Ron:  I'm curious how did it become the safe room in the customer's eyes? Was this an architect?

Kris: Either it ends up being like the families said, this is the room. OK, well, let's have an education session with them, and we can help them pick a different room. Or there's this element of I already know the bad guys are coming in the black helicopters, and we're going to go to this room because they're misinformed about the threat or the architecture as a default without maybe history or knowledge of safe rooms is just selected the room. After all, they think it's the best one to use. And then you get into issues like, oh, all the walls are already sealed up. We're going to retrofit this room. And that's a disaster because it won't support the way the plastic panels will work or whatever the mitigations will be. Then there are all the integration issues. Right. People want to run the existing security system right into the safe room. We don't recommend that. There's a whole other thing you'd be doing around safe rooms and integration of technology. We're always late. We always want to be in early. We do so much better. The family is so much happier when we're brought in early in the design phase. And frankly, we can we could advise on the architectural aspects. We can advise on construction materials. We can advise on the placement of safe rooms. Then ideally, what we do a lot of is advise on technology.

Ron:  You and I worked on a job together back in 2010, and I remember how much I learned about safe room design and architecture by sitting in on it. I didn't get to sit in on all your meetings, but I sat in on some of your meetings, and I've been inside. I was like a kid in a candy store. I was like, oh, this is such neat stuff to learn about. I mean, it's scary when you think about why it needs to exist. That's terrifying, in fact. But just the science and a lot of the logic you and your team put into what happens and why it's fascinating.

Kris: It really doesn't have to be expensive, right. If it's built to the threat, it can be a ten thousand dollar upgrade. It can be a million-dollar upgrade. But that's the thing. Get in early. We can really help with getting the cost right. And it's built right.

"Within the next two to three years, they will not sell any appliances that do not have an Internet connection. It's just the world is going to where everything in your house is smart."

Ron:  Another quick topic here, and I'm mindful I'm almost at the hour mark here, so I've got so many more fun things to talk to you about. But I won't do that for our audience. I know we have to keep it nice and tidy. IoT, the world of the Internet of Things, seems like the world is going to the reality where everything in your house will have an IP address at some point. I was in a conversation. I've been so many every day I don't remember, but it was in the last week or two, and as it was regarding a major appliance brand. They said within I want to say in the next two to three years. They will not sell any appliances that do not have an Internet connection. It's just the world is going to where everything in your house is smart. It's out there with an IP address. It maybe is listening. It maybe is watching. It maybe is reporting it may be as geotagging. How in the world do you protect your clients when the world seems exponential to be going frankly against the theme of protecting the privacy of your clients? Yeah, I heard you're exactly right. What I heard today was I want to say I may not get this right. Three million devices in cubic kilometers in a dense urban environment. One cubic kilometer, three million devices that are connected. It's unreal, right? How do you connect, how do you protect them?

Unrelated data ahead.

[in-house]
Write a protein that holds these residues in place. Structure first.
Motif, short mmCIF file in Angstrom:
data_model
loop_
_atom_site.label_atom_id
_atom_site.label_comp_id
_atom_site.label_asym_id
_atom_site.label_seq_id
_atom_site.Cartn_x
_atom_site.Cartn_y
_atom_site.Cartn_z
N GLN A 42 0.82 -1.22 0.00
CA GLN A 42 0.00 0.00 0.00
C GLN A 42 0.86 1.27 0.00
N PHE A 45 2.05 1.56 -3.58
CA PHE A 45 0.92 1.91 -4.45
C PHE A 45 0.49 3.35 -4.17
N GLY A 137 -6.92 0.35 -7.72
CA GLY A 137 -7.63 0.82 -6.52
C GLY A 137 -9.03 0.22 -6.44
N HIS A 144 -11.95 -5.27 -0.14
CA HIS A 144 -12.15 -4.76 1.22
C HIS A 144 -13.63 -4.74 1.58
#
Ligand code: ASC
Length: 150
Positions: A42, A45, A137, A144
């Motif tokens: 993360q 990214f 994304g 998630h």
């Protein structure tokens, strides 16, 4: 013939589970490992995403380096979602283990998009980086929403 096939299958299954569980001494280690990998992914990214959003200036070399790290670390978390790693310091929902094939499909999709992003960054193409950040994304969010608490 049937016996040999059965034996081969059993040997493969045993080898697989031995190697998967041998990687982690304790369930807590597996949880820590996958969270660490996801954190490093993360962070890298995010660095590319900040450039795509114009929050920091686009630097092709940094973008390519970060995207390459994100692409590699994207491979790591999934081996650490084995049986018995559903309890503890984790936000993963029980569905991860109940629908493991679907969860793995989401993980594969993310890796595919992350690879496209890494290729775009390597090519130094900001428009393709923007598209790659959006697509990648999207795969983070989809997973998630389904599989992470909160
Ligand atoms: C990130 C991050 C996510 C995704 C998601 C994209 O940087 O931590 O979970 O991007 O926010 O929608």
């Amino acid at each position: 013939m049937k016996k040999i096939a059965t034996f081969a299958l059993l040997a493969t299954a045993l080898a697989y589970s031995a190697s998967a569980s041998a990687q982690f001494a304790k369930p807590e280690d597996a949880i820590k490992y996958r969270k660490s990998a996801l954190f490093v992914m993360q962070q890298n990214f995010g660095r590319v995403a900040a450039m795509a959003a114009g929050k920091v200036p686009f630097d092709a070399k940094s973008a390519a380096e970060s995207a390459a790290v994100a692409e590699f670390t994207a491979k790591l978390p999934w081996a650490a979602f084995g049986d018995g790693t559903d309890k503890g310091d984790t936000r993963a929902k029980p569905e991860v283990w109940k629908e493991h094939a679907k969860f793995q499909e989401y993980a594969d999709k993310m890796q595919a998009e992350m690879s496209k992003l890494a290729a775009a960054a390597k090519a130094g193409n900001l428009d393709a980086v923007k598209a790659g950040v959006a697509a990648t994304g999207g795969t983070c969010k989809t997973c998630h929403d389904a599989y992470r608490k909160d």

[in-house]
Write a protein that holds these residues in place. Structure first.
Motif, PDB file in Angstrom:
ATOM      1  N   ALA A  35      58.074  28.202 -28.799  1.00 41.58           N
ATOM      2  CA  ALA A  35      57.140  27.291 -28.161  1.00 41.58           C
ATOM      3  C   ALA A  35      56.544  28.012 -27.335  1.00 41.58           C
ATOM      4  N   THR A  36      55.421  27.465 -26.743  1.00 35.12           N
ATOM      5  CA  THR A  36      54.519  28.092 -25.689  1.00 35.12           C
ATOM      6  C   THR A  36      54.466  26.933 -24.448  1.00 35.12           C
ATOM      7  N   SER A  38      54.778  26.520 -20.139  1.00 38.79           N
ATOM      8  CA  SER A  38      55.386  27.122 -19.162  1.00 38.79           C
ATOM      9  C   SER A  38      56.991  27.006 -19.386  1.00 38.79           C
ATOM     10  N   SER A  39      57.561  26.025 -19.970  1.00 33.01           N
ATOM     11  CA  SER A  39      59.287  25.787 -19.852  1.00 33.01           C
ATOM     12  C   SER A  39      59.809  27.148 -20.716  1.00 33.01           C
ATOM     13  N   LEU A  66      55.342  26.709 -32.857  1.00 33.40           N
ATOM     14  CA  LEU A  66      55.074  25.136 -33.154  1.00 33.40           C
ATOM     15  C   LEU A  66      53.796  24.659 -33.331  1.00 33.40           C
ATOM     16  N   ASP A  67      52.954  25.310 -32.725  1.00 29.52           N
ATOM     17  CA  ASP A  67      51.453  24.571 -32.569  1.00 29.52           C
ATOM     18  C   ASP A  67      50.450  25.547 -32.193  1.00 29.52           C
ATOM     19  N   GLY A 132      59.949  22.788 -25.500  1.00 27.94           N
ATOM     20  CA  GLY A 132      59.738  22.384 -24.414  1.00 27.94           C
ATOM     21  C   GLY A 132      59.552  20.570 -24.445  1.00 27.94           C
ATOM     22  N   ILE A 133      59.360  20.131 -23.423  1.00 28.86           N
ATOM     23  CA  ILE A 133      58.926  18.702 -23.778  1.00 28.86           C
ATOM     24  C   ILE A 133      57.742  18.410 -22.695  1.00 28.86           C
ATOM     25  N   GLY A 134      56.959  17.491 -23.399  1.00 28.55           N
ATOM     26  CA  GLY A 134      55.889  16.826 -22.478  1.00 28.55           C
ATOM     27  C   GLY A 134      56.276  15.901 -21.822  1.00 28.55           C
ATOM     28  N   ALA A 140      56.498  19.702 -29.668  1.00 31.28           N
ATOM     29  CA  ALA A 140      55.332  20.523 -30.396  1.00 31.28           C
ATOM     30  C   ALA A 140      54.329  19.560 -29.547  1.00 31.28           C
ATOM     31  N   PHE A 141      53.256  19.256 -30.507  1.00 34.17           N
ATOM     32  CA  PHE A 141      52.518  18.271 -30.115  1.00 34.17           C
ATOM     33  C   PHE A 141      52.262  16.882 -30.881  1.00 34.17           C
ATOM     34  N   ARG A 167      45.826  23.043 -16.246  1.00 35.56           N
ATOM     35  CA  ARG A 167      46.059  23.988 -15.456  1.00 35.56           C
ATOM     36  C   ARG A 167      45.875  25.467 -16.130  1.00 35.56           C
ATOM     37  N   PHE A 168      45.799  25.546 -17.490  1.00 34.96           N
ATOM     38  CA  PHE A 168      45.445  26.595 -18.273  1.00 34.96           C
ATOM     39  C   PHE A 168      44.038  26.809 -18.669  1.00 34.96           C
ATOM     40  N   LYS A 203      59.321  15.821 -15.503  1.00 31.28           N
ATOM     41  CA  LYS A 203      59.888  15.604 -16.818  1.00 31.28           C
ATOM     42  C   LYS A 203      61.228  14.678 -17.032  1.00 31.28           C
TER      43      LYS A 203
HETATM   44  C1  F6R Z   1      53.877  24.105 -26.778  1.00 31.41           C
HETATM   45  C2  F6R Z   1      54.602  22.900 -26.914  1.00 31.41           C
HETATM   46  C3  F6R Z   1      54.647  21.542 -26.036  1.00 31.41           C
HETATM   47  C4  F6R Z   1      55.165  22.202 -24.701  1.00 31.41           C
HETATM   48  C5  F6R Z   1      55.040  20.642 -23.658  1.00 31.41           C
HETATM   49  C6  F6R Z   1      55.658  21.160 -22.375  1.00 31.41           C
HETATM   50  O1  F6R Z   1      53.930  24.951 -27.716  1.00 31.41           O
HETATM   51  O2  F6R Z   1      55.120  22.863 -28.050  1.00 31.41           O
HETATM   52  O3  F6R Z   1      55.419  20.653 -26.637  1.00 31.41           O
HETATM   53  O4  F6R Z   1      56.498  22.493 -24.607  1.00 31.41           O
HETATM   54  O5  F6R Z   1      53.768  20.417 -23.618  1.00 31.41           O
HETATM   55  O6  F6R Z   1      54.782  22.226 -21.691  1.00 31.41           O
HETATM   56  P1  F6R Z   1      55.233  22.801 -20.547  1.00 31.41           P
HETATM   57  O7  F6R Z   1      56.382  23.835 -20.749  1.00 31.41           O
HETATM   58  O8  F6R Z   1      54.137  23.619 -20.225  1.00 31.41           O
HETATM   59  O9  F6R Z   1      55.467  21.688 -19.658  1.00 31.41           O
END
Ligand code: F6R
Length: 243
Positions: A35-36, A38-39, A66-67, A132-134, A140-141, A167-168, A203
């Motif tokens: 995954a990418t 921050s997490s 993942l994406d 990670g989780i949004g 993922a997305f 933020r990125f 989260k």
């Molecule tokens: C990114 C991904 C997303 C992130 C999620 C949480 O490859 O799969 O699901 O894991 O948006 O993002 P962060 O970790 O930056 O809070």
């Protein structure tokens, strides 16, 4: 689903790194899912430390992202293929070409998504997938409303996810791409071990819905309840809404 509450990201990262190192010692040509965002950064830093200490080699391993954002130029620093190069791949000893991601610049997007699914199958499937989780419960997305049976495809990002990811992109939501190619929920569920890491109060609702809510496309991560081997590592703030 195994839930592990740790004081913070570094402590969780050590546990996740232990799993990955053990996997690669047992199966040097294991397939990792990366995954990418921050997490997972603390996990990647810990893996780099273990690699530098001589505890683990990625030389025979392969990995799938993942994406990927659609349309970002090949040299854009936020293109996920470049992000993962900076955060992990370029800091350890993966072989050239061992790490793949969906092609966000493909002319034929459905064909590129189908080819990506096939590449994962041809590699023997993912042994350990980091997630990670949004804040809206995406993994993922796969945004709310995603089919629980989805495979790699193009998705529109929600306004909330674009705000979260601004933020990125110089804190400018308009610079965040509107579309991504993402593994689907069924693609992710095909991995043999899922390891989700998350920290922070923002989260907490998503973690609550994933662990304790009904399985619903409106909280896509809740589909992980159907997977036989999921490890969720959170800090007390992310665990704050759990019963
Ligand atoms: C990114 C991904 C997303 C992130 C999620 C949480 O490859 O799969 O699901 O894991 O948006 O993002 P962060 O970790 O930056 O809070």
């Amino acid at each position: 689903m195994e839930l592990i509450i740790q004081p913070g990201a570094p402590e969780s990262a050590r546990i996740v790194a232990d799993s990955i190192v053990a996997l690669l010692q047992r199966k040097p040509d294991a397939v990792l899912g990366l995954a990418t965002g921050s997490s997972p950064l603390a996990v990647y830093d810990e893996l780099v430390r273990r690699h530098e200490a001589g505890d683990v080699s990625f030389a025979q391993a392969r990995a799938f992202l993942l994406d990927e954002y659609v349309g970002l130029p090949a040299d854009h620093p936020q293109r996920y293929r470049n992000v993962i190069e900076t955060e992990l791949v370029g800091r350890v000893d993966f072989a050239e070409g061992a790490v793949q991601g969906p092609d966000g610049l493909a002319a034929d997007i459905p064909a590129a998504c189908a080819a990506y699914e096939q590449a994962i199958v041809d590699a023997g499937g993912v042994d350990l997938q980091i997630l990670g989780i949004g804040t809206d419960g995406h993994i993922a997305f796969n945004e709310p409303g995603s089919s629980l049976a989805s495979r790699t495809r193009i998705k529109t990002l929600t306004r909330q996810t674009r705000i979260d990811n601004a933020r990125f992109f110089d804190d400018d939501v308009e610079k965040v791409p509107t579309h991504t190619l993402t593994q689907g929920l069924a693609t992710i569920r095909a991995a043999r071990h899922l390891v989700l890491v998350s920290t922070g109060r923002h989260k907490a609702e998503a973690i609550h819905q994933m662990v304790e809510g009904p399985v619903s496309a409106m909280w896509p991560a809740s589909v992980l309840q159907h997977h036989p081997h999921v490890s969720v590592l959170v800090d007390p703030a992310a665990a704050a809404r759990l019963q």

Kris: For certain environments, frankly, we say go analog. For the bedroom, go for a specific office. This is a smart device, no go area. You might have an Internet connection, you might have a laptop, you might have a tablet, you might have a smart TV, but then you've now decided that those items are going to be dumbed down. You choose the settings. You will also firewall some of them off from the Internet altogether just for protection. We're a big fan of going analog when it's important. For certain rooms, we will suggest we do technical security countermeasures sweeps. For the bedroom, for the home office, this has really been important during COVID is those of corporate execs and all those workers are back working on an unprotected home network. Now you've got the smart assistant. You've got the smart teddy bear toy. You've got the other security systems in the house that may not be locked down.

"All of those houses are honeypots for bad guys who want to get corporate secrets and know where the office used to be locked down. Now you have all of the individuals, all the corporate execs are at their houses, right. Where none of those rules are protections are in place. That has to be terrifying."

Ron:  All of those houses are honeypots for bad guys who want to get corporate secrets and know where the office used to be locked down. And now you have all of the individuals, all the corporate execs are at their houses, right. Where none of those rules are protections are in place. That has to be terrifying. Yeah, we have to really tell clients. It's like if you're going to work in that room, take the Alexa out of the room, take the Google assistant out of the room, take whatever the device is. Right. Brand agnostic, take it out of the room, close the door and work in that environment without some sort of smartwatch. But you got to really look around and go. What about that refrigerator? What about the washing machine? What about the kid's tablet?